Friday, March 05, 2010
PHOENIX — A significant milestone was reached at Mayo Clinic on Thursday, Feb. 25, when a New Mexico man became the 100th patient to be the recipient of a living donor liver transplant at Mayo Clinic Hospital. His wife was his living donor.
Living donor liver transplantation enables a matching donor — generally a relative or close friend — to donate a healthy segment of his or her liver to a recipient in need. Both livers regenerate to their normal size within a matter of several weeks. Living donor liver transplantation is a way to expand the pool of available organs, given the demand.
More than 16,000 people in the U.S. are waiting for a life-saving liver transplant, and because of the limited supply of livers from deceased donors, some 2,000 people die annually while awaiting transplantation.
Living donation has notable advantages over donation by a deceased donor. Importantly, the patient can receive a healthy liver before his or her liver disease progresses to a severe stage. Also, the operations can be scheduled at a time when it is optimal for both the donor and the recipient.
Mayo Clinic in Arizona performed its first living donor liver transplant in 2001, when a then-24-year-old man donated part of his liver to his 30-year-old brother. The following year, in 2002, the donor patient was recognized for his heroism by the U.S. Olympic Committee and was invited to carry the Olympic torch as part of the relay that ended with the opening ceremonies of the 2002 Winter Olympics in Salt Lake City.
According to 2008 data from the Organ Procurement and Transplantation Network (OPTN), the living donor liver transplant program at Mayo Clinic in Arizona was the fifth largest adult living donor liver transplant program in the U.S.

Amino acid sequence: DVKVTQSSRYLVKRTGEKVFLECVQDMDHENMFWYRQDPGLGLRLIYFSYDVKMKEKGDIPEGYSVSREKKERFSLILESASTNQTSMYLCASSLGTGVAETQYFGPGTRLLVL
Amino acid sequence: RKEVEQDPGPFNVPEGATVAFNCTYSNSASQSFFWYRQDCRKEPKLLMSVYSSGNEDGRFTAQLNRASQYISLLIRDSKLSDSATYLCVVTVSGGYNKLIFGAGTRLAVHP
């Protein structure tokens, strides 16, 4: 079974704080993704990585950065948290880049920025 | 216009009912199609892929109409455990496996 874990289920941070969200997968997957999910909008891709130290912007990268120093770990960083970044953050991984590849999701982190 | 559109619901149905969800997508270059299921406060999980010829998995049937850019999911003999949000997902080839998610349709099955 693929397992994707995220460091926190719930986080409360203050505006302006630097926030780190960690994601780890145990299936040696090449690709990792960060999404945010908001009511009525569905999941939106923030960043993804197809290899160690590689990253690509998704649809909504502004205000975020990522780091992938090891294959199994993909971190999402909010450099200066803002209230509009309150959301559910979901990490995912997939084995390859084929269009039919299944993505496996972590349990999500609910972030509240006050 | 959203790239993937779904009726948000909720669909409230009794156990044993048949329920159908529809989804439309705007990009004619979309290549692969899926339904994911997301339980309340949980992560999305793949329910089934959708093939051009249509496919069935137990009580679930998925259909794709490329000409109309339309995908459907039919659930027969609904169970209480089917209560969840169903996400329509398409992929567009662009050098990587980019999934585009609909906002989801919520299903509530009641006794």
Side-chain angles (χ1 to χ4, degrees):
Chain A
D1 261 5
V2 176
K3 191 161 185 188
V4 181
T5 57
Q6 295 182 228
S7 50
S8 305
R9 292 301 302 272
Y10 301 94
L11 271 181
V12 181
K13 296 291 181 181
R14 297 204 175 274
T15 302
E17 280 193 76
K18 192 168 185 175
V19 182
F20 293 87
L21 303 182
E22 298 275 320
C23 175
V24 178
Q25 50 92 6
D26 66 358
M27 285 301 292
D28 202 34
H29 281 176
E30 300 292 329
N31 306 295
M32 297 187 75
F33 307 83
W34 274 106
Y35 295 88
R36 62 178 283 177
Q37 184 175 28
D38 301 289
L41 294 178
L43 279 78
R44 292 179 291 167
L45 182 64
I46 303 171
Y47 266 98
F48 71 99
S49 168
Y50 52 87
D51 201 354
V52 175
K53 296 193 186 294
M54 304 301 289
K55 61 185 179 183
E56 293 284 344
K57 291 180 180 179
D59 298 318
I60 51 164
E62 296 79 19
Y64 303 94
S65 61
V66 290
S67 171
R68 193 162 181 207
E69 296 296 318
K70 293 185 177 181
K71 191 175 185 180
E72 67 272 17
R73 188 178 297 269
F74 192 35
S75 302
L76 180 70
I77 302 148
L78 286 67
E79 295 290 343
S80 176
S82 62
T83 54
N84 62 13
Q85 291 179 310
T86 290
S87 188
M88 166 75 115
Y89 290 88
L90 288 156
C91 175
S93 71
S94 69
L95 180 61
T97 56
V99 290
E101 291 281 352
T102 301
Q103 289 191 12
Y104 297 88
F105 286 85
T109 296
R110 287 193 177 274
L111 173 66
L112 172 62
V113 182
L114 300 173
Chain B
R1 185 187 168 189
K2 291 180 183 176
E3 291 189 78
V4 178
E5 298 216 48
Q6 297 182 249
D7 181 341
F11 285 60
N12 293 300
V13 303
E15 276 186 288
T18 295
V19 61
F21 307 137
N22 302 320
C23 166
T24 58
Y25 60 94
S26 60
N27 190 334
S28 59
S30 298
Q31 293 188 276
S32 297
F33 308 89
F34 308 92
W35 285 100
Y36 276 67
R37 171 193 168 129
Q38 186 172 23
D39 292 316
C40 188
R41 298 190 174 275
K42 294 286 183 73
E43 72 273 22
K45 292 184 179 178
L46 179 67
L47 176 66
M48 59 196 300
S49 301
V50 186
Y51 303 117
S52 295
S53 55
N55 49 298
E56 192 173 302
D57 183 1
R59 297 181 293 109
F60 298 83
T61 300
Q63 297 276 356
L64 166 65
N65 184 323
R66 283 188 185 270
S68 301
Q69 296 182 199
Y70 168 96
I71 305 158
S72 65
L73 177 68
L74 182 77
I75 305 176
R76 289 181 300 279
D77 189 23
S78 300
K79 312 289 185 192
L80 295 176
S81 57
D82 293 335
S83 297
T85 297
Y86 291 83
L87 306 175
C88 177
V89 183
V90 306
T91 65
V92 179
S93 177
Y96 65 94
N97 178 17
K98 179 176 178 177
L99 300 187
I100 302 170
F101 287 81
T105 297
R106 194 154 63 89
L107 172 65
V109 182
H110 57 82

The milestone in Arizona is significant because only 12 of 125 liver transplant programs in the U.S. have reached this 100 mark. Cumulatively, all three sites of Mayo Clinic (Arizona, Florida and Rochester) have performed more than 220 adult living donor liver transplants, more than any medical institution in the U.S.
On Thursday, Feb. 25, the day of the 100th such transplant at Mayo, the donor, a physician, donated 60 percent of her liver to her husband, who had been ill for several years with a disease of the liver bile ducts. The combined two surgeries took a total of approximately seven hours, and the healthy lobe of the wife's liver was implanted successfully into her husband. Both patients were doing well following surgery and have been discharged from the hospital.
Research has confirmed that patient survival rates, as well as survival of the liver itself (in terms of rejection issues) are the same or better with living liver donors and is a good option for liver patients who are on a waiting list while experiencing a diminished quality of life due to complications.
Of the 564 liver transplants performed at Mayo Clinic in Arizona since 2001, 100 of them were living donor liver transplants, significantly exceeding the national average.
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